Assignment 2: ASCII Space Needle
This assignment focuses on for loops, expressions, variables, and constants. Thanks to Marty Stepp and Stuart Reges!
Your assignment is to produce a specific text figure that is supposed to look like Seattle’s Space Needle. Turn in a class named SpaceNeedle in a file named SpaceNeedle.java. You should exactly reproduce the format of the output at left. This includes having identical characters and spacing.
See text files with the needle at the default size (size 4), size 2, size 3 and size 7. You can use a diff tool such as http://www.quickdiff.com to compare your output. You will be graded both on “external correctness” (whether the program compiles and produces exactly the expected output) and “internal correctness” (whether your source code follows the course coding conventions and the style guidelines
in this document).
As a reference, my solution has 5 methods besides main and occupies around 90-110 lines including comments and blank lines, though you do not have to match this exactly.
This program is intended to test your knowledge of nested for loops so you should use them as appropriate.
Continue to use static methods to structure your solution in such a way that the methods match the structure of the output itself. Avoid significant redundancy; use methods so that no substantial groups of identical statements appear in your code. No println statements should appear in your main method. You do not need to use methods to capture redundancy in partial lines, such as the two groups of colons in the following line:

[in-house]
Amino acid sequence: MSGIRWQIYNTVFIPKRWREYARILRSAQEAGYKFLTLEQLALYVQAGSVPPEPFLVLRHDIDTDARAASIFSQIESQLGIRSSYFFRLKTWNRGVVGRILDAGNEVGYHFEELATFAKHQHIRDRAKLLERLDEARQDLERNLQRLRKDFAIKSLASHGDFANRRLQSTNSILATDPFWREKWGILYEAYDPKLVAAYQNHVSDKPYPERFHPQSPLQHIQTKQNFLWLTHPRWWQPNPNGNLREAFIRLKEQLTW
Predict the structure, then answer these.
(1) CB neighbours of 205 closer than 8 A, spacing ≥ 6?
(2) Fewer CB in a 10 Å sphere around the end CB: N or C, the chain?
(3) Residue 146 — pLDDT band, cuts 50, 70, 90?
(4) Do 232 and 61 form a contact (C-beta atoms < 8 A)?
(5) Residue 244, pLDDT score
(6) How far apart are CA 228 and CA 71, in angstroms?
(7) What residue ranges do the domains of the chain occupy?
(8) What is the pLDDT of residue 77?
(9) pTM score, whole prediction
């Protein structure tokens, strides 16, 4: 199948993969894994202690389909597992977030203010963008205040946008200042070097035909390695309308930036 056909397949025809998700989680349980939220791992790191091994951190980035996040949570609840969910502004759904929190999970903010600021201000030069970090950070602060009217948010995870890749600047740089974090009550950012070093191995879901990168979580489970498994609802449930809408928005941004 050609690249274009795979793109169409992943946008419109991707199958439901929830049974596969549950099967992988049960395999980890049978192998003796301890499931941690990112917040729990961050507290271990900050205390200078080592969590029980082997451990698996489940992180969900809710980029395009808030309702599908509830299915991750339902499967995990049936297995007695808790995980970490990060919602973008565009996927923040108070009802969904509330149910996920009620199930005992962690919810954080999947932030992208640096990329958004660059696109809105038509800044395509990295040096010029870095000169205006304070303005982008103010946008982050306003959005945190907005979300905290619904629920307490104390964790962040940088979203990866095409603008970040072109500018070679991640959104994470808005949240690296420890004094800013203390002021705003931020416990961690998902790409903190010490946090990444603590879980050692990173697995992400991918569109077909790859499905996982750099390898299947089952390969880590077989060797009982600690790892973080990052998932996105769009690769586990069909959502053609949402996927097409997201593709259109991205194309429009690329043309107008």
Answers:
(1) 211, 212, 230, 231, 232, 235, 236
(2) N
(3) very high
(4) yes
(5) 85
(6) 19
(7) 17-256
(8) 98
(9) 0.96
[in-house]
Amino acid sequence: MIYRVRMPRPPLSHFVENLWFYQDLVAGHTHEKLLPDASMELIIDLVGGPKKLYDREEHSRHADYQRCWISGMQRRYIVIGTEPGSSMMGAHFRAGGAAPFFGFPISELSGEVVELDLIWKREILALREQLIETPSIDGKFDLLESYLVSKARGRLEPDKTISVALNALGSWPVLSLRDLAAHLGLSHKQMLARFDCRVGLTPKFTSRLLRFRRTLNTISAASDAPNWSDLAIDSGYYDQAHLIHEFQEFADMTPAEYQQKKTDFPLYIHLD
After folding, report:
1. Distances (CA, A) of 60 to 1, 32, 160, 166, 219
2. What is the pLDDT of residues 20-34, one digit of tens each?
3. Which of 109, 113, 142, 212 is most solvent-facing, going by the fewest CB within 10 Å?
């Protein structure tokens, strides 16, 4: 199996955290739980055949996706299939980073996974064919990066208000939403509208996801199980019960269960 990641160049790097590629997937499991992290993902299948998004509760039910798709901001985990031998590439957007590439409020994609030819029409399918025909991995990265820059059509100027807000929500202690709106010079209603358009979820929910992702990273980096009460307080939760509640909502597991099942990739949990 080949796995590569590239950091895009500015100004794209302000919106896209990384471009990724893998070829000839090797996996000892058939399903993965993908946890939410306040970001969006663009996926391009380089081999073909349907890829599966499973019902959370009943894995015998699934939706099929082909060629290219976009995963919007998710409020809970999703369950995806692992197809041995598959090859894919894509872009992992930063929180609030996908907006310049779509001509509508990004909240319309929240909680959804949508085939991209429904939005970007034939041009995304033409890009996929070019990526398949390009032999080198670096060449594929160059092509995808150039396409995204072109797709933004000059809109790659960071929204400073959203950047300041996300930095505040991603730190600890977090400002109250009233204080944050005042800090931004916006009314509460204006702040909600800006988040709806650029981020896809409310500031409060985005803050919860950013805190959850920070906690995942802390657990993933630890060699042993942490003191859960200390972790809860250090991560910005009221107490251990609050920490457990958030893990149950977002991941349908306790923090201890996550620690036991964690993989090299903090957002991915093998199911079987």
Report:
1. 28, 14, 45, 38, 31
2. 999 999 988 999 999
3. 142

You are required to properly indent your code and will lose points if you make significant indentation mistakes. No line of your code should be over 100 characters long. Give meaningful names to methods and variables in your code. Follow Java’s naming standards about the format of ClassNames, methodAndVariableNames, and CONSTANT_NAMES. Include a comment header at the beginning of your program with basic information and a description of the program. Also include a comment at the start of each method, describing its behavior.
Class constant for figure’s size
You should create one (and only one) class constant to represent the size of the pieces of the figure. Use 4 as the value of your constant. Your figure must be based on that exact value when you turn it in to receive full credit. On any given execution your program will produce just one version of the figure. However, you should refer to the class constant throughout your code, so that by simply changing your constant’s value and recompiling, your program would produce a figure of a different size. Your program should scale correctly for any constant value of 2 or greater.
Please note that the height of the needle’s midsection grows as the square of the figure size. In the default figure size of 4, the midsection is 16 lines tall. If the size were 7, the midsection would be 49 lines tall.
Development Strategy (How to Get Started):
This program is best completed in stages. I strongly recommend the following development strategy:
- Pseudocode: Write out the major sections of the figure and steps needed to display them, all in English.
- Tables: Examine the output and write tables to discover the patterns of repeated characters on each line.
- Code w/o Constant: Completely write the Java code to draw the Space Needle at its default size of 4.
- Code w/ Constant: Add a constant to your code so that the needle can scale to different sizes.
To summarize, you should not worry about the constant at first. Write an initial program without a constant, using loop tables or pseudocode to help you deduce the patterns in the output. After your figure looks correct at the default size, begin a second version with the constant. Think back to the Mirror program for a good example.